Boner of the Day

Boner Fight for May 28th, 2020

Boner Candidate #1: OH, NO WEDDING BECAUSE SHE DIED? WELL BOO HOO.

COLORADO SPRINGS, Colo. — Justin Montney is demanding his money back from a wedding videographer after his fiancée was killed in a car crash just outside of Colorado Springs, Colorado. Montney paid Copper Stallion Media $1,800 back in November to capture their May wedding. After Alexis-Athena Wyatt was hit and killed by a semi-truck in February, Montney contacted the wedding videographers seeking a refund for the cancelled wedding. Montney said he understood that the contract was non-refundable, but thought that an exception could be made given his circumstances. The company offered its services to Montney’s next wedding, but he told KRDO that the offer was “very insensitive.” The company addressed the situation on their Facebook page, before making all of their social media accounts private. “We replied and expressed our sympathy and explained to him that all of our wedding contracts are non-refundable,” the company posted. “He kept emailing us trying to get a refund and we kept reiterating that the contract is non-refundable. We eventually stopped responding since the issue was moot.” CBS News reports that Copper Stallion Media bought the website domains JustinMontney.com and JustinMontneyWedding.com after Montney went to the media and had his friends post negative comments on the wedding planning website The Knot. The two domains now forward to the song “Disillusioned,” performed by A Perfect Circle.

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Boner Candidate #2: WHY DIDN’T YOU NOTIFY US?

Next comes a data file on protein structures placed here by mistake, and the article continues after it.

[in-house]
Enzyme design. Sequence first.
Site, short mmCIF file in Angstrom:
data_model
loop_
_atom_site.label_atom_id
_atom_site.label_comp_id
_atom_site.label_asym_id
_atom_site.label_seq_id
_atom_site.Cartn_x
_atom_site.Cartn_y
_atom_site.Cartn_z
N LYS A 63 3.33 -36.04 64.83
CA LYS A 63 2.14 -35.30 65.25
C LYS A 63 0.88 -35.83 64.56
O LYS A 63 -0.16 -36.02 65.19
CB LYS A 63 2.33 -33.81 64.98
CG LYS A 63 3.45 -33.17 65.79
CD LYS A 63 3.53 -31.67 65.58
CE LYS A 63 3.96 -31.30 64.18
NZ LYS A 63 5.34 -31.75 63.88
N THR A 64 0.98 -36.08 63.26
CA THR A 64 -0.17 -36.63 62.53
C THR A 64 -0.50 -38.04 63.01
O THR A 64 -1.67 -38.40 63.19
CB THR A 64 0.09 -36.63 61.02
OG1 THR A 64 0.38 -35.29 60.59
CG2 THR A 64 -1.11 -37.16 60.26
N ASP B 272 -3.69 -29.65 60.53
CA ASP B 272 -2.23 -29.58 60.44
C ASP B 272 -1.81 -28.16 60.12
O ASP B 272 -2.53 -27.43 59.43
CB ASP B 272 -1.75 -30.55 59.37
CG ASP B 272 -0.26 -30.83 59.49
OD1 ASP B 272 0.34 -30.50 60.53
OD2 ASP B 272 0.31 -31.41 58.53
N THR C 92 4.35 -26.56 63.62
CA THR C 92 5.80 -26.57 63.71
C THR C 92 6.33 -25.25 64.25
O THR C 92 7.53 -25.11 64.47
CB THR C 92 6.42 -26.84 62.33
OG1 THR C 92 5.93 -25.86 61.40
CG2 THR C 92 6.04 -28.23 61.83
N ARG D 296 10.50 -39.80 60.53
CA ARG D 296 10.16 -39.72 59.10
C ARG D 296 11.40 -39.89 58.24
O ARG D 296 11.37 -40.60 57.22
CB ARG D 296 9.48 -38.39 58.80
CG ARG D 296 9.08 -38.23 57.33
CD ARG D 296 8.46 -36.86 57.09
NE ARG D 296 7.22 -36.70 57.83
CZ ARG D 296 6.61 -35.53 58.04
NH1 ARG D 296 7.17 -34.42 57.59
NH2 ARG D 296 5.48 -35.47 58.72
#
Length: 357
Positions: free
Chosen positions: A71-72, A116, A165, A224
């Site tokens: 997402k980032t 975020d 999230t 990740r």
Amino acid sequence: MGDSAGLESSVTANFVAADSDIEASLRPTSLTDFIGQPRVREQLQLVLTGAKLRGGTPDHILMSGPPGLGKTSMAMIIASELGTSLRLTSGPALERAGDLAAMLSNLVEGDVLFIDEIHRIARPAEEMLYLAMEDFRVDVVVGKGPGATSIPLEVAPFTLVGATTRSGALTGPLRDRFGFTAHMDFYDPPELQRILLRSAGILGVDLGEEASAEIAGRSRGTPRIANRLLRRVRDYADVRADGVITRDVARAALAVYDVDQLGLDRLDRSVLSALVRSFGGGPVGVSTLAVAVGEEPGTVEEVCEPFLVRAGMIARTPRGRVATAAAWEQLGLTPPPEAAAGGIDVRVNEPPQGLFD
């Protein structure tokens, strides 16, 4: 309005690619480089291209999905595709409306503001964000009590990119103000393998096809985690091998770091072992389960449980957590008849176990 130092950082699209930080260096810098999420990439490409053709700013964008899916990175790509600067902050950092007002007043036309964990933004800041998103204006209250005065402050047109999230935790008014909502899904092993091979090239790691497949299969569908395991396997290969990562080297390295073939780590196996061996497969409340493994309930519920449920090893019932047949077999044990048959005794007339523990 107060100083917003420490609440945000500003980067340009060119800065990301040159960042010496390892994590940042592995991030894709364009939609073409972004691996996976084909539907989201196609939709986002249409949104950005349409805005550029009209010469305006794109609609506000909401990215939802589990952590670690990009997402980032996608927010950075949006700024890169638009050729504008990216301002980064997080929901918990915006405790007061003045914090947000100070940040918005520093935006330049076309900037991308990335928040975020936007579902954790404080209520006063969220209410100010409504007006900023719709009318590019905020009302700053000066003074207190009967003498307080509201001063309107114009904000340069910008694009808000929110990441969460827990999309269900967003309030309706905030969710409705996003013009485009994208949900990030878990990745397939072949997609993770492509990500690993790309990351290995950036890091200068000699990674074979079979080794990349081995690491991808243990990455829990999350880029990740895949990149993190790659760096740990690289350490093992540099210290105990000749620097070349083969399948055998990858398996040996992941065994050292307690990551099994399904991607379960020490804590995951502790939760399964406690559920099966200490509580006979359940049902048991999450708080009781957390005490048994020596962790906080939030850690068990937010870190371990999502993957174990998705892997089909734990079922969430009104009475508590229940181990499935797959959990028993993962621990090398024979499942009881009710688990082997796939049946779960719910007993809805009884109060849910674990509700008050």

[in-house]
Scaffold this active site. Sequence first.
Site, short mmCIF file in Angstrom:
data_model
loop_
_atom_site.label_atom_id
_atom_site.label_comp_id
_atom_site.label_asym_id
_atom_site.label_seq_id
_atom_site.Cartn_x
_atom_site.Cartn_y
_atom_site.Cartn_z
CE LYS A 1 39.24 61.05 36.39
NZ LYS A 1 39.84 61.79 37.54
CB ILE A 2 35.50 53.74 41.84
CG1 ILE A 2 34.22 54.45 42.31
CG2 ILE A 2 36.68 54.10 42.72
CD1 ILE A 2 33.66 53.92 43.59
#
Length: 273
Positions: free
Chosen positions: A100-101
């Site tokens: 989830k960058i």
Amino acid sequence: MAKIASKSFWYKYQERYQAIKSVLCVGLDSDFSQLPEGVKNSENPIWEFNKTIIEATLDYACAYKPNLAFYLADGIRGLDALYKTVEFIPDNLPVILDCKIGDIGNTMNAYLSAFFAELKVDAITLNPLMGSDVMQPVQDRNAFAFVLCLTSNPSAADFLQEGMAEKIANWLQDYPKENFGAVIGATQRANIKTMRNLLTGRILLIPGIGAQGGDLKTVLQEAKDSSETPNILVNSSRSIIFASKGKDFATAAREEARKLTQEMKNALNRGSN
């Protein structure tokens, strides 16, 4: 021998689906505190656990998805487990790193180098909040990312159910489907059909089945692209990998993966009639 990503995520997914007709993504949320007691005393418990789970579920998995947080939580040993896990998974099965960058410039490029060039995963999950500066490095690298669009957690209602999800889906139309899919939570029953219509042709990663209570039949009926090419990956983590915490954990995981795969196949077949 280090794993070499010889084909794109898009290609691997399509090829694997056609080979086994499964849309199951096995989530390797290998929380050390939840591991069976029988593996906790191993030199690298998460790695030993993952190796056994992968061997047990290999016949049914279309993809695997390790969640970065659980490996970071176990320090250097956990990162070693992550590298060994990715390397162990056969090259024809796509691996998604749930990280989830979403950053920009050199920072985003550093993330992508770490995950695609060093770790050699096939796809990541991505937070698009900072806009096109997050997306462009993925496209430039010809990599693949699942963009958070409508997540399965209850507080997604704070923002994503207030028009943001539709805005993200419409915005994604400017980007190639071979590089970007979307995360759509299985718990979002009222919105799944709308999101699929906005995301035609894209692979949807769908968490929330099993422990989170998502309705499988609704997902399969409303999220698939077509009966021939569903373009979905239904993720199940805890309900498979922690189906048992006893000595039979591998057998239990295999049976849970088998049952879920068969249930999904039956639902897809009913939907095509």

Democrats in Pennsylvania’s House of Representatives were outraged Wednesday after learning one of their Republican colleagues had tested positive for the coronavirus and they weren’t notified of the result or informed that he was self-isolating for a week. State Rep. Andrew Lewis (R) said in a Facebook post that he tested positive for COVID-19 on May 20 and immediately began self-isolating after contacting the chamber’s human resources department. He said the body followed guidelines released by the Centers for Disease Control and Prevention “to determine exactly who I may have been in contact with, and who I may have possibly exposed to the virus.” He said he was last in the Capitol on May 14. “I can confirm every member or staff member who met the criteria for exposure was immediately contacted and required to self-isolate for 14 days from their date of possible exposure,” Lewis wrote. “Out of respect for my family, and those who I may have exposed, I chose to keep my positive case private.” A spokesman for House Republicans, Mike Straub, told Penn Live the chamber “followed data and science” and notified anyone who met CDC and state health guidelines. But state Democrats accused Republicans, who hold a majority in the House, of withholding the information from the full chamber as the GOP publicly touted a broad reopening of the state. Many noted they only learned of Lewis’ results from the media.

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